Crowning the Oregon Coast range, Saddle Mountain is an anomaly in this otherwise somewhat drab line of nondescript hills and ridges that extend from California to the Columbia River. ThisHike Saddle Mountain peak has seen many ages come and go, from ancient lava flows to sheets of glacial ice, to dense forests of giant trees that rolled in an unbroken sea from the Pacific to the Cascade Mountains, before all were felled when settlers crossed the land and sea to colonize this wild region. Now Saddle Mountain occupies a small state park just large enough to contain its bulk, the edges of the park sharply defined by ragged clearcuts. Despite the visual blight of this industrial forest land, the views from the top are amazing, unequaled in their breadth and singular nature. From how many other peaks might one’s gaze follow a mighty river from the snow-clad volcanoes of the Cascades through the hills and farmland to the Pacific Ocean?

Hike Saddle MountainTo reach the foot of Saddle Mountain is an adventure in itself. Whether from Portland, Astoria, Longview or the Oregon Coast, you have to drive long circuitous highways to a narrow side road that strikes out in a higgledy-piggledy tangle of curves winding through a narrow corridor of parkland, occasionally blighted by views into adjacent clearcuts. Just when you think this drive might be endless, the mountain looms before you, intimidating in its appearance, yet just begging to be climbed.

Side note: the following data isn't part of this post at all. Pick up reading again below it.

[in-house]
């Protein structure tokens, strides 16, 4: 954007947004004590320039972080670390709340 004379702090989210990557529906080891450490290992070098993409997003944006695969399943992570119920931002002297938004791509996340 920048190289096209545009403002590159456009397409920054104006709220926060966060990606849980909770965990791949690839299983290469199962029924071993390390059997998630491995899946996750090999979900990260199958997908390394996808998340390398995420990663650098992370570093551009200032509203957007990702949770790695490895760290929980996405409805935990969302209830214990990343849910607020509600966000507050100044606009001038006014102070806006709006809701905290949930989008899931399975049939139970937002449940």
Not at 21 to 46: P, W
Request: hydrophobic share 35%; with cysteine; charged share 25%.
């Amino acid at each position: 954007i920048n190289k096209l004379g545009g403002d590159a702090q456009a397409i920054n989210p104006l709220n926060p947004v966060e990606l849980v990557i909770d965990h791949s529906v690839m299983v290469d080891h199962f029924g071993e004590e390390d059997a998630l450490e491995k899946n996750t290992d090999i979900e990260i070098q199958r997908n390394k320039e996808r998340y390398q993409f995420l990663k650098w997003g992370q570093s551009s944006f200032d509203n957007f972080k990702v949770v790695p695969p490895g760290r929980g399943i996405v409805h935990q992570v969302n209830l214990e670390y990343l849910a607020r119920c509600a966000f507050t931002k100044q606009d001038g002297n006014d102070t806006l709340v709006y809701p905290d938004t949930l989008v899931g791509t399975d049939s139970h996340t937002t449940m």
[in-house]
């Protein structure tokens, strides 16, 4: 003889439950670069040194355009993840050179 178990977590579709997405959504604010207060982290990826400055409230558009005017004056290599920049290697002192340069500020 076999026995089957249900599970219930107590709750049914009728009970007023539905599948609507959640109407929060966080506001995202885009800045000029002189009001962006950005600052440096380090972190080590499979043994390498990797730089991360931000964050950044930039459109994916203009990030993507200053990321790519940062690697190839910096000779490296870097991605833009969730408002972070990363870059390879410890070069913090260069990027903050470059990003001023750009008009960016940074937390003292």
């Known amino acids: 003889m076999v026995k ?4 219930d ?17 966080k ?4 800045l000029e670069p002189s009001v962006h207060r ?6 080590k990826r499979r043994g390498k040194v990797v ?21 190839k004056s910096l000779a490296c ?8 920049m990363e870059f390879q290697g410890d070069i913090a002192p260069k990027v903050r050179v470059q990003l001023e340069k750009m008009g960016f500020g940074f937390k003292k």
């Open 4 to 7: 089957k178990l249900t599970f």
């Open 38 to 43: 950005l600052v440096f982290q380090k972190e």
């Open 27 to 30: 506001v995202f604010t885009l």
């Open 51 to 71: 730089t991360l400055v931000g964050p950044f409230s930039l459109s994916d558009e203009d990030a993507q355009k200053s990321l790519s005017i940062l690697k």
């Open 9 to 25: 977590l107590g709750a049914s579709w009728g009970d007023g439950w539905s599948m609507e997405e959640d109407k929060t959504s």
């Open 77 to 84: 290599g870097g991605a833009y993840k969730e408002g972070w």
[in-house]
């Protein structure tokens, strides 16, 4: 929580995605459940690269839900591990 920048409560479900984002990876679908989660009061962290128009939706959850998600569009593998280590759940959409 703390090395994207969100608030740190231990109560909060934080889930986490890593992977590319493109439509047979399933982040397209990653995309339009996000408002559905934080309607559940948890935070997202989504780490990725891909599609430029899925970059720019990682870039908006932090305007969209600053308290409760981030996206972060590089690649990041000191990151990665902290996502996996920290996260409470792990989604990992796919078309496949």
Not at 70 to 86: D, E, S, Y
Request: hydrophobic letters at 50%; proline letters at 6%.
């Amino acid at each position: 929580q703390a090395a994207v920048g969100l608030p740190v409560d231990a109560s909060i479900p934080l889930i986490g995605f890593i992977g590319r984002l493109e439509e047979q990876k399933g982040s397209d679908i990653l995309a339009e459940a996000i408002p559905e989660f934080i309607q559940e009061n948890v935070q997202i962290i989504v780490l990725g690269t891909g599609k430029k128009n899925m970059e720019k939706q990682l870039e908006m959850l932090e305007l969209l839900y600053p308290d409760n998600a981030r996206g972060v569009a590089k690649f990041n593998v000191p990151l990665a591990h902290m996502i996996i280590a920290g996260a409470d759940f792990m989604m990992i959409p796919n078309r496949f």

The trail dates back to the CCC (Civilian Conservation Corp) era and is as impressive as all such trails and other constructs of the CCC are. The climb to the peak is 2.6 miles and is popular, so don’t expect solitude. There is a long ascent through trees with meadows, views and precipices ever increasing in size and number as you climb. Hike Saddle MountainEventually, the trail breaks out into a vast alpine prairie, perched precariously atop basalt cliffs. This is a rare remnant of the prairies that crowned all of the peaks in the coast range following the retreating glaciers of the last ice age, and all but a few of which have been swallowed up in the encroaching forests. Rare plants, such as the Saddle Mountain Buttercress, and chocolate lilies, as well as endangered butterflies, such as the Oregon Silverspot butterfly, grace these delicate fields, some hovering on the brink of extinction. Tread with care.

The final section of the trail may bring on a case of vertigo as it traverses the massive mound of basalt, where winding switch backs are situated above yawning voids. This harrowing stretch yields the greatest reward, with a wide summit replete with the aforementioned stunning views a hundred miles wide. Not only will you have attained the highest point in the Coast Range, but the hike will also bring home the power and scope of the ancient Columbia River basalt floods, which have influenced the topography of much of the Pacific Northwest.

Hike Saddle Mountain

Other nearby hikes include trails in Oswald West State Park, the Banks-Vernonia Rail trail, Neahkahnie Mountain, as well as numerous smaller parks and points of interest such as Fishhawk Falls in Lee Wooden County Park. A weekend in Northwest Oregon, whether spent strolling through alpine prairies filled with spring flowers, or poking about the sea-mist haunted forests of the coast is a tonic for cabin fever while the high country is still blanketed in snow and slush.

Hike Saddle Mountain